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Unit 2: Fuels Classification

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Horizontal Continuity

The images below show an area of continuous fuels and an area of patchy or discontinuous fuels. If the open areas in the right-hand illustration are barren and void of any fuels, it will obviously be difficult for fire to travel from one fuel island to another. It would probably require a strong wind with spotting for fire to travel through such patchy fuels. Such fire situations do occur, and what might appear to be natural firebreaks or barriers may not stop a fire's spread.

Continuous Fuels Patchy
Fire In Open Stand Fire In Closed Stand

Before leaving horizontal continuity, we should consider other effects of a closed versus open timber canopy. A forest canopy not only shades surface fuels and prolongs moisture retention but also greatly reduces wind speeds from levels above the canopy to levels near the surface. Generally, the greater the crown closure, the greater the wind speed reduction. This certainly does have an effect on surface fires burning in these closed environments. If torching out of individual trees occurs, however, we have an entirely new fire environment with which to be concerned.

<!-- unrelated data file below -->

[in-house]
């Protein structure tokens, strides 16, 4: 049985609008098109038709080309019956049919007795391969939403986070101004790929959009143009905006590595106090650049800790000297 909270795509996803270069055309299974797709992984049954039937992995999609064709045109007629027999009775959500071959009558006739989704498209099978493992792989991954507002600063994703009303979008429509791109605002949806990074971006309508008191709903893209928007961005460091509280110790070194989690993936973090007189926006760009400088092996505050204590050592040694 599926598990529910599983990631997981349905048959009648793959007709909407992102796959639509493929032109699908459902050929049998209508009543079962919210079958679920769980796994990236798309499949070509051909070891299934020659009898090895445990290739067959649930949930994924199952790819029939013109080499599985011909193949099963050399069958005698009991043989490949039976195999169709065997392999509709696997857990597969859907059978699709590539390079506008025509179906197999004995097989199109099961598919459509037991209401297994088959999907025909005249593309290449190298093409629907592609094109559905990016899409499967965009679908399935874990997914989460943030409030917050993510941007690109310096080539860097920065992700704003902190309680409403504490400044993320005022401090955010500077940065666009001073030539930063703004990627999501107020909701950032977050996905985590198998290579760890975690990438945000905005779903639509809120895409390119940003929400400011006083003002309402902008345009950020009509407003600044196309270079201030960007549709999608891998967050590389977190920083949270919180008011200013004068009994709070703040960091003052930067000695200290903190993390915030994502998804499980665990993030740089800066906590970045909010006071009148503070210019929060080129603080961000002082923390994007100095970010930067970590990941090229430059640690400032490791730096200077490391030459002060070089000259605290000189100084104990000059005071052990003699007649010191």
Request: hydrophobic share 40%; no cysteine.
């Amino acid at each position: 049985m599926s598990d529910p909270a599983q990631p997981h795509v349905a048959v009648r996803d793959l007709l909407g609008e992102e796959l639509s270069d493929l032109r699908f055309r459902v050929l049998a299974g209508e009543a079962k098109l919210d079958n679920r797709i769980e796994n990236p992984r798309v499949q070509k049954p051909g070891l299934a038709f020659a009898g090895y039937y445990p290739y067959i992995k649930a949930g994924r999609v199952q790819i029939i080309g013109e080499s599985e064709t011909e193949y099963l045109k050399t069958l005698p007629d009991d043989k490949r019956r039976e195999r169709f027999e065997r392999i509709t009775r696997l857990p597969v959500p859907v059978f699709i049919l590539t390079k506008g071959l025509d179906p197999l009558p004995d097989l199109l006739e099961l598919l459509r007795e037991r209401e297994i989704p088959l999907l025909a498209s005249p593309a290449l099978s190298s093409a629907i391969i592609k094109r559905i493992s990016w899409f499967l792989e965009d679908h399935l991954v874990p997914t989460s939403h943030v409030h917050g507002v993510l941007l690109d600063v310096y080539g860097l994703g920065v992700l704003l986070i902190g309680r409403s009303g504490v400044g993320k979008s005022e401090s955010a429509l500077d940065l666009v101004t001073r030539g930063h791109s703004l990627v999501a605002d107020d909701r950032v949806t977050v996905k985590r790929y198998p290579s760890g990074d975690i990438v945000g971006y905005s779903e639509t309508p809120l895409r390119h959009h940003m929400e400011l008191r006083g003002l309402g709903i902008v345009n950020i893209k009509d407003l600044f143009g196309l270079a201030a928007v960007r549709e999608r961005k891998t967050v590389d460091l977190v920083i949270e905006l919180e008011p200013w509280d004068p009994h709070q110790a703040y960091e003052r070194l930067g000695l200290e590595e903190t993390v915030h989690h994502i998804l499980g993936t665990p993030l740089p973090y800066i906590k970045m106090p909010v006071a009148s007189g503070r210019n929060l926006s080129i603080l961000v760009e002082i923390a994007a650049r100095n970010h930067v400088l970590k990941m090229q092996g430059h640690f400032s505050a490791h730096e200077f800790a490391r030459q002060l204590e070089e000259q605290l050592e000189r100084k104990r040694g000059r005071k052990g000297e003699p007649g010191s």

Copyright 2008, by the Contributing Authors. Cite/attribute Resource . admin. (2005, October 05). Unit 2: Fuels Classification. Retrieved January 07, 2011, from Free Online Course Materials — USU OpenCourseWare Web site: http://ocw.usu.edu/Forest__Range__and_Wildlife_Sciences/Wildland_Fire_Management_and_Planning/Unit_2__Fuels_Classification_8.html. This work is licensed under a Creative Commons License Creative Commons License